Wyoming Arts Council

Tom Rea speaks about "Martin’s Cove Controversy" in Rawlins Nov. 10

“The Martin’s Cove Controversy: Public Land, Sacred Land,” featuring author Tom Rea (pictured above), will take place on Tuesday, Nov. 10, 7 p.m., at the Carbon County Education Center, Rawlins. This event is free and open to the public. It’s part of the award-winning “Power of Place” series. FMI: Dave Throgmorton, 307-328-9204

Here’s a description:

Bad weather, bad planning and their own zeal killed about 150 members of the Martin Handcart Company as they trekked across Wyoming in 1856. Today, the spot on the Oregon trail near Devil’s Gate where some of these Mormon pioneers died lies on BLM land–and at the center of controversy over religious freedom and the right of public access. Tom Rea explores the history of Martin’s Cove, using historical and contemporary photographs, and describes its later transformation into “holy ground” for the LDS Church. His presentation raises questions about who owns the past and how we preserve a balance between public and religious rights.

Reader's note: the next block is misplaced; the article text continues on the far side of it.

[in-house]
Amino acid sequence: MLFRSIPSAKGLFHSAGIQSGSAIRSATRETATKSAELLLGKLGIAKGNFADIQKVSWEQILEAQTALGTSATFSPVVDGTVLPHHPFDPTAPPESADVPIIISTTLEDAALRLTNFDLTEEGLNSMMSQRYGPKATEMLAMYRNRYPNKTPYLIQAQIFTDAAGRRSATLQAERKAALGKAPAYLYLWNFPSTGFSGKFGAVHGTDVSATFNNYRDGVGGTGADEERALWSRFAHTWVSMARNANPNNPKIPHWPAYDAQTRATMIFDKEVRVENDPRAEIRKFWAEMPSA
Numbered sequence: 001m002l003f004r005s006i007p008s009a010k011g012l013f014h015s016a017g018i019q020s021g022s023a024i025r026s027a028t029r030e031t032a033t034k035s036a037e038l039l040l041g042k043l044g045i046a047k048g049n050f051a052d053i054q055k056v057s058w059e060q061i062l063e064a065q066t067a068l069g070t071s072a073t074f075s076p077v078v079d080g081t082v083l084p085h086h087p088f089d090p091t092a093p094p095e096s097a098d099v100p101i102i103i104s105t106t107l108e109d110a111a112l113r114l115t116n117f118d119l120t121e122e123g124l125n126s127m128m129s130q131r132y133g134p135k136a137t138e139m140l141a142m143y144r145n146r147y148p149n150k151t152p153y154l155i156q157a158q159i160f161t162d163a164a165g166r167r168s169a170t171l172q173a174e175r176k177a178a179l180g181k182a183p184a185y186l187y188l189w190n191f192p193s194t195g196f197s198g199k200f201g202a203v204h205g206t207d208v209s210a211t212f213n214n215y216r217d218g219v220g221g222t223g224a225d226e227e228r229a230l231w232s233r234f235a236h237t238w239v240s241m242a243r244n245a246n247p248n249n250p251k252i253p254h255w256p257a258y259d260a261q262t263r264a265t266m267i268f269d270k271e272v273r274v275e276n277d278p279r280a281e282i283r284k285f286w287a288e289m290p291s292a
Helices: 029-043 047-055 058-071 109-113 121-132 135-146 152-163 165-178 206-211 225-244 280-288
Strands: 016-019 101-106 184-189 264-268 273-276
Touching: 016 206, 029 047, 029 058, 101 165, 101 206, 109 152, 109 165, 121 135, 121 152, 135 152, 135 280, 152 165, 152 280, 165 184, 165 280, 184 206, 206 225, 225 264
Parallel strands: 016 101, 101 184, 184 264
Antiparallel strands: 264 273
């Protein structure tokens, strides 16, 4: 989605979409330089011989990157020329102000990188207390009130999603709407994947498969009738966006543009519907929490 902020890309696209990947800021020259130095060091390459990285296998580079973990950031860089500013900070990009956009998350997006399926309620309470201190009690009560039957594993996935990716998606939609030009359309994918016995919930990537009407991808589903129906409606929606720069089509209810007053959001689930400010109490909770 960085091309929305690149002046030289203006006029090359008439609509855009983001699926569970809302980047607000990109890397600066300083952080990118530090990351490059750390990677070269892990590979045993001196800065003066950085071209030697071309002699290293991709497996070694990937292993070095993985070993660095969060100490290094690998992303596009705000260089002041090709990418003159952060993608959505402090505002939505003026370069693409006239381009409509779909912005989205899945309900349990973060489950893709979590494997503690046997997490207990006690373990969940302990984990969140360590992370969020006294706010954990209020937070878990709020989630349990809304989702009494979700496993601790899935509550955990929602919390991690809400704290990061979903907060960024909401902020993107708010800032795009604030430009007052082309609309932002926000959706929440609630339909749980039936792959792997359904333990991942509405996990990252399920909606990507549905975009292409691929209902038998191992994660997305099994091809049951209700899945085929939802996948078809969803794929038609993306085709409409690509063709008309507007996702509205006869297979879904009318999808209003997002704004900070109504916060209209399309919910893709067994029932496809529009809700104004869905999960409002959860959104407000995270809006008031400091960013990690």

Tom Rea grew up in Pittsburgh, Pa., and has lived in Wyoming for 35 years. He holds degrees from Williams College and the University of Montana, and worked for many years as a reporter and editor on the Casper Star-Tribune. His books include Devil’s Gate: Owning the Land, Owning the Story (Oklahoma, 2006), winner of the 2006-07 nonfiction book award from the Wyoming State Historical Society, and Bone Wars: The Excavation and Celebrity of Andrew Carnegie’s Dinosaur, (Pittsburgh, 2001, paperback 2004) winner of the Western Writers of America Spur Award for contemporary nonfiction. He lives with his family in Casper.

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